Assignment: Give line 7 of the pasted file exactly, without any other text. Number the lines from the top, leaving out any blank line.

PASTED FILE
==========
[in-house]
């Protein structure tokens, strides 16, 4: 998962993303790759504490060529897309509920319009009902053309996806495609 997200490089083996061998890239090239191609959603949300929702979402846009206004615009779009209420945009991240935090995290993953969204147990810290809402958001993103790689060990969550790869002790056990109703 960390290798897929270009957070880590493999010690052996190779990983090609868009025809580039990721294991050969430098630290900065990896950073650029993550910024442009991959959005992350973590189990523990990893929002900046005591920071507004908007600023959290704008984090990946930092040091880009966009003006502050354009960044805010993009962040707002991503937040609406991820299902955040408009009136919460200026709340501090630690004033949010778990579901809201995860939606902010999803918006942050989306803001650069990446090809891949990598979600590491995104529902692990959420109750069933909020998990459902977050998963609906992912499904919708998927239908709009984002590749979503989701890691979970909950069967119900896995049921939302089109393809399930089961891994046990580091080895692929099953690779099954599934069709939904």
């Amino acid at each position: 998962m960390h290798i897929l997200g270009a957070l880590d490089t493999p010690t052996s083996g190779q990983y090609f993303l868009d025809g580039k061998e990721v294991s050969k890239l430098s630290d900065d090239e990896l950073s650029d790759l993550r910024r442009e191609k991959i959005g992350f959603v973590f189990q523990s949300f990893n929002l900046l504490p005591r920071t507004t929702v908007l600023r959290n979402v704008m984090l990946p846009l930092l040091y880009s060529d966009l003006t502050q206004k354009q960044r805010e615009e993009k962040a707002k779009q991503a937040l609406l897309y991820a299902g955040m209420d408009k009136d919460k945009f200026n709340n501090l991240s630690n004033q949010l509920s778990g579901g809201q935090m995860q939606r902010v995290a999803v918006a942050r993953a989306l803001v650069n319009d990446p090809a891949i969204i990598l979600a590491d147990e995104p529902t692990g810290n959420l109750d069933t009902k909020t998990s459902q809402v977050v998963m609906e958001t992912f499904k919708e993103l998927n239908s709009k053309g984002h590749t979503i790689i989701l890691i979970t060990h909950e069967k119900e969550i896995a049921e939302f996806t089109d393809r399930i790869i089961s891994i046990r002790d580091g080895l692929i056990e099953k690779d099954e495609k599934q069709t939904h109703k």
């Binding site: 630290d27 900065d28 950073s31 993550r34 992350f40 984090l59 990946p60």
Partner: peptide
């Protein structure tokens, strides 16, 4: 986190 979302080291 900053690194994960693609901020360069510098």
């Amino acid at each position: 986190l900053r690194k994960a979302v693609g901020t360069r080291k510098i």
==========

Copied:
């Amino acid at each position: 986190l900053r690194k994960a979302v693609g901020t360069r080291k510098i």